US 4214042 A
There are described MCrAlY type coating alloys having improved hot corrosion resistance, especially to sulfur and/or halide bearing compounds. In particular, improved hot corrosion resistance is achieved by the inclusion of about 1 to 12 weight percent titanium in the MCrAlY alloy composition.
1. A coated article having hot corrosion resistance comprising:
(a) a substrate selected from the group consisting of iron, nickel and cobalt base alloys; and
(b) an MCrAlY type overlay alloy coating on said substrate, said coating consisting of by weight about 3-6 percent titanium, about 10-40 percent chromium, about 9-25 percent aluminum and about 0.01-5.0 percent reactive metal selected from the group consisting of yttrium, scandium, thorium and other rare earth elements, balance selected from the group consisting of nickel, cobalt and iron, said coated article having improved resistance to hot corrosion by virtue of the presence of titanium in the coating.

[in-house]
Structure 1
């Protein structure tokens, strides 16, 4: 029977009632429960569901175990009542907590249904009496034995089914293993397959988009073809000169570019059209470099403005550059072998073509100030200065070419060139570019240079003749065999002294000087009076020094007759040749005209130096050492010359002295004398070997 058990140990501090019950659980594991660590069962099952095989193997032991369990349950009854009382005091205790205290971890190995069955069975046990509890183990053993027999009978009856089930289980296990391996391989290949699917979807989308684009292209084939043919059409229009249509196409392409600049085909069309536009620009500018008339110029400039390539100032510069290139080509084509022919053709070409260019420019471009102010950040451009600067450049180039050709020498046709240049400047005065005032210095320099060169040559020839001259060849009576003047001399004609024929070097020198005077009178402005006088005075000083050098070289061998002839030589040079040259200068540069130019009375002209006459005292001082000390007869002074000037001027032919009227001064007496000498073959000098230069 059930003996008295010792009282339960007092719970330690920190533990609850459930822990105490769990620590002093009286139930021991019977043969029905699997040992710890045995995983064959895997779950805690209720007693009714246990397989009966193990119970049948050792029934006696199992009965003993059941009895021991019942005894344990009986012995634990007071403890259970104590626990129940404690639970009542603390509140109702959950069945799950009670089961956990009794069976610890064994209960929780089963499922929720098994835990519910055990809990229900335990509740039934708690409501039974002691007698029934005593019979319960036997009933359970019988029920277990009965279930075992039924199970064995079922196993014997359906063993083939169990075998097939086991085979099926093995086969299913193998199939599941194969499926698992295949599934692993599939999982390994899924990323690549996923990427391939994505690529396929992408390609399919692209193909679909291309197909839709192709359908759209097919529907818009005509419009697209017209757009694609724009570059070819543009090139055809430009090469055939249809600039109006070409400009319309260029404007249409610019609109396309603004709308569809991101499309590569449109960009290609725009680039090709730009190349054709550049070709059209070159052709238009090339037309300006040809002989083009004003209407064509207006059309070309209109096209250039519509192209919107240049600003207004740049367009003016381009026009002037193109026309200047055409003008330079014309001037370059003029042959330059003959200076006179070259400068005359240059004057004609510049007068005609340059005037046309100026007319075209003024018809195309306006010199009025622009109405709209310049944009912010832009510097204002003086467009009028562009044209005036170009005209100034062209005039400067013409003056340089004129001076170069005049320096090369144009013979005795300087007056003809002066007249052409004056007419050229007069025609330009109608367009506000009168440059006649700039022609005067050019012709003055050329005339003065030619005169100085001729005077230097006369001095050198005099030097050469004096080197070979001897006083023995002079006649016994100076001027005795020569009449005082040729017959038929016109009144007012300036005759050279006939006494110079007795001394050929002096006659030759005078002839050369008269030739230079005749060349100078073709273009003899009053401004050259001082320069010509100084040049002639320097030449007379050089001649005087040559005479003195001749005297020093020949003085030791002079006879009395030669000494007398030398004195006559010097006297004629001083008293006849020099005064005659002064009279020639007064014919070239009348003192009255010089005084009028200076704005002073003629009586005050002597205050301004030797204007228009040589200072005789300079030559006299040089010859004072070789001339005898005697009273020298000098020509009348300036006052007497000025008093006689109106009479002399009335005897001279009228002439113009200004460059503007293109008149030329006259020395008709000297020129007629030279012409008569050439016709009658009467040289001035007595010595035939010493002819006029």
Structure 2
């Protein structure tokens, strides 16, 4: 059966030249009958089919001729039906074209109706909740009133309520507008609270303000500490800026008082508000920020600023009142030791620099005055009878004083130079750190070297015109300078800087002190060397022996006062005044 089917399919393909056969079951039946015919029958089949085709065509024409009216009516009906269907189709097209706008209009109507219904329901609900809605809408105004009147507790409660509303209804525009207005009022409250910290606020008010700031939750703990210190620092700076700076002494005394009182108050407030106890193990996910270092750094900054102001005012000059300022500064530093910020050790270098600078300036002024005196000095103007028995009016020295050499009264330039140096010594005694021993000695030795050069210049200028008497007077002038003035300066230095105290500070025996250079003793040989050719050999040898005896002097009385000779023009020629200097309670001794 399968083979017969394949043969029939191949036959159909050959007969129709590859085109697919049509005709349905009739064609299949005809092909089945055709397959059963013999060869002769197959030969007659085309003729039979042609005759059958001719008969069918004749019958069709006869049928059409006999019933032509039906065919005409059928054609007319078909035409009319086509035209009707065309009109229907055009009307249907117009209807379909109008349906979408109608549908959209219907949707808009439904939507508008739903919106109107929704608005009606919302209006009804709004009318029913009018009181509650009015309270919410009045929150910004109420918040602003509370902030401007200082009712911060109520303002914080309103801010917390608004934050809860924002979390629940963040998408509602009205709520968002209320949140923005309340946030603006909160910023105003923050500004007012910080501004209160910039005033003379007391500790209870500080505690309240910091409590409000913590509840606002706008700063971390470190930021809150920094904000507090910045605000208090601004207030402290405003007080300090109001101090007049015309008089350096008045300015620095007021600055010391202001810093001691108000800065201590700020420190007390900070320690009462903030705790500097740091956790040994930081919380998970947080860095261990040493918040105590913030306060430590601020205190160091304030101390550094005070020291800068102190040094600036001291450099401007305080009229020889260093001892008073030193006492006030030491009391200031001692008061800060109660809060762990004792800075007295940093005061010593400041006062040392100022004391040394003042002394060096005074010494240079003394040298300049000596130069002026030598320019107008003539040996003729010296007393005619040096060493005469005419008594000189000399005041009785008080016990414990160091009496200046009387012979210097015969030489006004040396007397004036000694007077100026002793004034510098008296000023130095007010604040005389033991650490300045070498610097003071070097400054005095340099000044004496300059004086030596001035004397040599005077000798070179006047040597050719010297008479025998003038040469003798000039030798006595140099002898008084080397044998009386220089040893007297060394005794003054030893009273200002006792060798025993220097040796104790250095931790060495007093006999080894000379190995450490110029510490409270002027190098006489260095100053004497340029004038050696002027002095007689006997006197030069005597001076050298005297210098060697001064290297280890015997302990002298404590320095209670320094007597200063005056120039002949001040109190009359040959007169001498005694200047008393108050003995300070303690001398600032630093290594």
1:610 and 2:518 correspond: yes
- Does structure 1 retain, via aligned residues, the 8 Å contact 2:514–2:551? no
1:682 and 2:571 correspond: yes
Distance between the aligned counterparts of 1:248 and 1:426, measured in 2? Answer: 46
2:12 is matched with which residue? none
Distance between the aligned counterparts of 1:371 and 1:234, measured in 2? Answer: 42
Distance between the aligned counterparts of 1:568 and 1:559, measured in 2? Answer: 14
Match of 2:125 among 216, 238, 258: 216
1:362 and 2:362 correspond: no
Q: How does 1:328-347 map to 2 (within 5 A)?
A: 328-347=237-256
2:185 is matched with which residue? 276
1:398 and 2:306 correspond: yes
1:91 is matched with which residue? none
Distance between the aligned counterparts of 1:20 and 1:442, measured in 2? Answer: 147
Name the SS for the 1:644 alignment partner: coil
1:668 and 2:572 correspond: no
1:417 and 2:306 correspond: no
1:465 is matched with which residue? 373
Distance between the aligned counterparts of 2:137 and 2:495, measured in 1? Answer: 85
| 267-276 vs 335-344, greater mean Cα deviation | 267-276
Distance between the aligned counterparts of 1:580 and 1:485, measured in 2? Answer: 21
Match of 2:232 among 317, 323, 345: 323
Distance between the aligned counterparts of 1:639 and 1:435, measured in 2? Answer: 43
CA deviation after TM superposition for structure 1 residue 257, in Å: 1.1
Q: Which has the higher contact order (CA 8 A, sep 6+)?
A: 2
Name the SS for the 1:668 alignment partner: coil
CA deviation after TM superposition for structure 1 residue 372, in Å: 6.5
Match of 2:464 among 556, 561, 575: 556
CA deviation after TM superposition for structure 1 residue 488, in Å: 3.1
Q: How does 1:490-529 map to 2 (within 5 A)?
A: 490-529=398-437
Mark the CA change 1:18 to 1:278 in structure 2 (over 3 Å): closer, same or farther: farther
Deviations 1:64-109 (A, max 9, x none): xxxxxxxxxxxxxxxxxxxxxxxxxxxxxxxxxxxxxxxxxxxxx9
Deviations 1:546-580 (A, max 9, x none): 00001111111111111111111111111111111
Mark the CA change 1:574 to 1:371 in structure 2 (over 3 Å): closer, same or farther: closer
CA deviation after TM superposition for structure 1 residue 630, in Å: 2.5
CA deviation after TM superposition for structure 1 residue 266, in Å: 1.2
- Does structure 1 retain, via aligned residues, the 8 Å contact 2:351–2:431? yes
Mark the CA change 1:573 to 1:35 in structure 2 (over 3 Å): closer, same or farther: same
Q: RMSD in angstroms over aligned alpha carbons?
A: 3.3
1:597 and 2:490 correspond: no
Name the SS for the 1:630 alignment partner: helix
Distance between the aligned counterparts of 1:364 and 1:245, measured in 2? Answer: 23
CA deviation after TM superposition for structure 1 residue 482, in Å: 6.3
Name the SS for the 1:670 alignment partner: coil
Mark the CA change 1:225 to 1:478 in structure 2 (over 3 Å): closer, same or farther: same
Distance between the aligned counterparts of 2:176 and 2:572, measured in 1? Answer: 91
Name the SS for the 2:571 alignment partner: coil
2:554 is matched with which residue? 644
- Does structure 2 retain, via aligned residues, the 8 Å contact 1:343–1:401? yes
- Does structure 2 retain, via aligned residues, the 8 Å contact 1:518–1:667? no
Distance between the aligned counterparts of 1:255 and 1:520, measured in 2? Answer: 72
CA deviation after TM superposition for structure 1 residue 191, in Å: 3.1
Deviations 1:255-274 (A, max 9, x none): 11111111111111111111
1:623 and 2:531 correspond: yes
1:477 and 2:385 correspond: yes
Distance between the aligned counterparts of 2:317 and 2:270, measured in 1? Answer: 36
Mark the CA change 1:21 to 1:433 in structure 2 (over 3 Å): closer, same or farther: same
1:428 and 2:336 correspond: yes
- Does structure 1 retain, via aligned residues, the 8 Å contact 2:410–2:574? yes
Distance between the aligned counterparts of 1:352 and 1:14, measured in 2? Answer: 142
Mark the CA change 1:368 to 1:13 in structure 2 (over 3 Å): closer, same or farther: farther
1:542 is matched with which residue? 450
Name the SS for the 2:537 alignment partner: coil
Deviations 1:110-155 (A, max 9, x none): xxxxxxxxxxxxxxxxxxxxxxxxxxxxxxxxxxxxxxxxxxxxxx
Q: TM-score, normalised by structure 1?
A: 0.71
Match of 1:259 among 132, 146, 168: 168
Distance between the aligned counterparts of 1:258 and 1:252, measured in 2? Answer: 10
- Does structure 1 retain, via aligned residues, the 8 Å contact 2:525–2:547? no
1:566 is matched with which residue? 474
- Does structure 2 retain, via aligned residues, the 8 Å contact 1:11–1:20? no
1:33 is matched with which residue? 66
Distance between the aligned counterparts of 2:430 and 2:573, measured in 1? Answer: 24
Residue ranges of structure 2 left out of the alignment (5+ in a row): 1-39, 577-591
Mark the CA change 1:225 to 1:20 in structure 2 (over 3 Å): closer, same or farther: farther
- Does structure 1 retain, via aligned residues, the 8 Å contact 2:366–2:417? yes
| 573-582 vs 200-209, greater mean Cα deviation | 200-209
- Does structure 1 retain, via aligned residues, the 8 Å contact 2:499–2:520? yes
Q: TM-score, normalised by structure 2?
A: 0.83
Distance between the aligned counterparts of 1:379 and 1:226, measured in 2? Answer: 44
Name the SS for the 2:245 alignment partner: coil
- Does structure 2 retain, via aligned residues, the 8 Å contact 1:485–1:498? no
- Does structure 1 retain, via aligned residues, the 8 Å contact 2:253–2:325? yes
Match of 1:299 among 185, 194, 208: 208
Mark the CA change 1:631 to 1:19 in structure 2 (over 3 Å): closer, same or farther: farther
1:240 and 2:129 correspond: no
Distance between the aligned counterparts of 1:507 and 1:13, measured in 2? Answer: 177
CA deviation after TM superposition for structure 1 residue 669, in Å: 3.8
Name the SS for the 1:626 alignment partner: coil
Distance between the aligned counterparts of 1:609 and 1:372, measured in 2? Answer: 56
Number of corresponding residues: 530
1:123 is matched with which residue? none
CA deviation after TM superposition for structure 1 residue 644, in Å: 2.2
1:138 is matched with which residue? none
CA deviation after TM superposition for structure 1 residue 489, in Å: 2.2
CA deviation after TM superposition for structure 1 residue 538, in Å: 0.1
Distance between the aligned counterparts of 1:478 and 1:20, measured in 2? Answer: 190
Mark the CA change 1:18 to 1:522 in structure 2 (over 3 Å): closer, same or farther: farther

2. The coated article of claim 1 wherein the substrate is a gas turbine engine component.
3. The coated article of claim 2 wherein the component is a blade or vane.
4. An improved coating composition of the MCrAlY type consisting of by weight about 1-12 percent titanium, about 10-40 percent chromium, about 9-25 percent aluminum and about 0.01-5.0 percent reactive metal selected from the group consisting of yttrium, scandium, thorium and other rare earth elements, balance selected from the group consisting of nickel, cobalt and iron, said coating composition having improved resistance to hot corrosion by virtue of the presence of titanium.
5. The improved alloy of claim 4 wherein the weight percent titanium is about 3 to 6.